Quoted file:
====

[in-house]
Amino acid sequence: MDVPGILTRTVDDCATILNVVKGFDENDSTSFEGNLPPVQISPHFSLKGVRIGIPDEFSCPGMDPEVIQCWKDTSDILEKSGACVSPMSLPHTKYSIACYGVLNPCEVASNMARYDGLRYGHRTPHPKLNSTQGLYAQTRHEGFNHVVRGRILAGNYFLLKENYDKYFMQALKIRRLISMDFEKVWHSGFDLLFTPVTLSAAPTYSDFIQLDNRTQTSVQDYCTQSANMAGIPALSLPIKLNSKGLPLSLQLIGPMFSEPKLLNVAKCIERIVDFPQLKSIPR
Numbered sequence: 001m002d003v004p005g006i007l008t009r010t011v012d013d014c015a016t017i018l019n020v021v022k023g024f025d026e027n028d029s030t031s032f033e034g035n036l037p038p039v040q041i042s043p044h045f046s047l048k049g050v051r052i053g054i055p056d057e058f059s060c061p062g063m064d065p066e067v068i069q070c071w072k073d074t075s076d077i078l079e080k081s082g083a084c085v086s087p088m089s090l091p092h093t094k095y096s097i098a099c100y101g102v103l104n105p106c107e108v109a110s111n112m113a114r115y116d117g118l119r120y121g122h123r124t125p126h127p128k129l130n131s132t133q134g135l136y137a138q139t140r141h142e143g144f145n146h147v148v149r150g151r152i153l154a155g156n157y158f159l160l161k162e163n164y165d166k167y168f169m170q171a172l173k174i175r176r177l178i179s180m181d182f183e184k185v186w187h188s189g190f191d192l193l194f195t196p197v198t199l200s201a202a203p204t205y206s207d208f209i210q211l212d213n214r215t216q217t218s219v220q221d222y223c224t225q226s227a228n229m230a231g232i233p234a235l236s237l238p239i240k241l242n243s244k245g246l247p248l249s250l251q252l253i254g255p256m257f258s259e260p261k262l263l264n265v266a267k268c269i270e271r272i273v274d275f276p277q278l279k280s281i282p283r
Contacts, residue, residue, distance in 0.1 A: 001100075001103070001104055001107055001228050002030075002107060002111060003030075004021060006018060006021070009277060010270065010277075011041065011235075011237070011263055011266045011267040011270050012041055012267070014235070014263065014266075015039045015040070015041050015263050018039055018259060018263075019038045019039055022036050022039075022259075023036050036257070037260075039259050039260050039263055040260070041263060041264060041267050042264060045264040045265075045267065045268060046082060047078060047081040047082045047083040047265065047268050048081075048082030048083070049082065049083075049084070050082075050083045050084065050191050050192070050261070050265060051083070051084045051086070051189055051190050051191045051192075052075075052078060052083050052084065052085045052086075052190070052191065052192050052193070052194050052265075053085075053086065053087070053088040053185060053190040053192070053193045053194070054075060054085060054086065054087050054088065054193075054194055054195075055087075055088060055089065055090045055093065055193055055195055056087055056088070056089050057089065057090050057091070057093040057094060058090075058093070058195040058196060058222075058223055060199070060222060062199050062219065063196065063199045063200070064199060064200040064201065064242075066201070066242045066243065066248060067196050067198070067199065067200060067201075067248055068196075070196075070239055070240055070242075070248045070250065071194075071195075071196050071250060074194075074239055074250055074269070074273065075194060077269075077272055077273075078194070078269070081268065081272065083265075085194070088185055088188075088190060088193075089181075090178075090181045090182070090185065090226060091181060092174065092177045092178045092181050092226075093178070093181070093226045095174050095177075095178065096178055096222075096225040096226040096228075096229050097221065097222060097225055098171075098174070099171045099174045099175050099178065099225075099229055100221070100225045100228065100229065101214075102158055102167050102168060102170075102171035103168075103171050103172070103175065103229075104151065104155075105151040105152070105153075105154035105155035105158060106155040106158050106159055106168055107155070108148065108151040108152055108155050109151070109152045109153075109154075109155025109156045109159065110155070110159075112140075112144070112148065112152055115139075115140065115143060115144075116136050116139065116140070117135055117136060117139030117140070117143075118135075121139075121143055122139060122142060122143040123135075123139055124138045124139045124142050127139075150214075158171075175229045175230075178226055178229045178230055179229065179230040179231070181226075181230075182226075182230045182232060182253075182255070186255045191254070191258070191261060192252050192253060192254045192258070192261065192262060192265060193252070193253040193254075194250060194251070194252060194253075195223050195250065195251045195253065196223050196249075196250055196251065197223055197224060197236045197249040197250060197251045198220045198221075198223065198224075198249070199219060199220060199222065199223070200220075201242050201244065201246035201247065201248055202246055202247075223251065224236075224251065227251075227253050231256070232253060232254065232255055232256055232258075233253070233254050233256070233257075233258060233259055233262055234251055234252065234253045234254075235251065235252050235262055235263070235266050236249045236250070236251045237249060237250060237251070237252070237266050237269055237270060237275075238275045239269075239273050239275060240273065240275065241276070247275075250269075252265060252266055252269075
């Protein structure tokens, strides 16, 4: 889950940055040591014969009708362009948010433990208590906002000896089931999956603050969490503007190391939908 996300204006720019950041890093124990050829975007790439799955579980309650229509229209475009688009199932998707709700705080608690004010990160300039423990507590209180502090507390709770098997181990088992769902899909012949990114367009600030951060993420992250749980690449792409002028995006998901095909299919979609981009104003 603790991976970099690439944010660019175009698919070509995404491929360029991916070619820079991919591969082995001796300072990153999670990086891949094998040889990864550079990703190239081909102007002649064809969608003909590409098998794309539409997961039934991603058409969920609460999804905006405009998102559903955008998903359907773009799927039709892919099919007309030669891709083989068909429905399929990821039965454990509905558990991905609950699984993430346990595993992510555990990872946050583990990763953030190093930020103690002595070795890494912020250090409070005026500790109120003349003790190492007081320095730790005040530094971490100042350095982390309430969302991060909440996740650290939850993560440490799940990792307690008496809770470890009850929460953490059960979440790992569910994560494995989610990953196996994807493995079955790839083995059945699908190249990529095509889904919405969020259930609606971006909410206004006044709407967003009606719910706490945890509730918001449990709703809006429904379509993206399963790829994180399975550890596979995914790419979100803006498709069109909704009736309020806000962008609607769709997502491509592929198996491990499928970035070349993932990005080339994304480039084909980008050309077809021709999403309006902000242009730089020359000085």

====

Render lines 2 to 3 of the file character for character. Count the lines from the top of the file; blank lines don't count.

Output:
Amino acid sequence: MDVPGILTRTVDDCATILNVVKGFDENDSTSFEGNLPPVQISPHFSLKGVRIGIPDEFSCPGMDPEVIQCWKDTSDILEKSGACVSPMSLPHTKYSIACYGVLNPCEVASNMARYDGLRYGHRTPHPKLNSTQGLYAQTRHEGFNHVVRGRILAGNYFLLKENYDKYFMQALKIRRLISMDFEKVWHSGFDLLFTPVTLSAAPTYSDFIQLDNRTQTSVQDYCTQSANMAGIPALSLPIKLNSKGLPLSLQLIGPMFSEPKLLNVAKCIERIVDFPQLKSIPR
Numbered sequence: 001m002d003v004p005g006i007l008t009r010t011v012d013d014c015a016t017i018l019n020v021v022k023g024f025d026e027n028d029s030t031s032f033e034g035n036l037p038p039v040q041i042s043p044h045f046s047l048k049g050v051r052i053g054i055p056d057e058f059s060c061p062g063m064d065p066e067v068i069q070c071w072k073d074t075s076d077i078l079e080k081s082g083a084c085v086s087p088m089s090l091p092h093t094k095y096s097i098a099c100y101g102v103l104n105p106c107e108v109a110s111n112m113a114r115y116d117g118l119r120y121g122h123r124t125p126h127p128k129l130n131s132t133q134g135l136y137a138q139t140r141h142e143g144f145n146h147v148v149r150g151r152i153l154a155g156n157y158f159l160l161k162e163n164y165d166k167y168f169m170q171a172l173k174i175r176r177l178i179s180m181d182f183e184k185v186w187h188s189g190f191d192l193l194f195t196p197v198t199l200s201a202a203p204t205y206s207d208f209i210q211l212d213n214r215t216q217t218s219v220q221d222y223c224t225q226s227a228n229m230a231g232i233p234a235l236s237l238p239i240k241l242n243s244k245g246l247p248l249s250l251q252l253i254g255p256m257f258s259e260p261k262l263l264n265v266a267k268c269i270e271r272i273v274d275f276p277q278l279k280s281i282p283r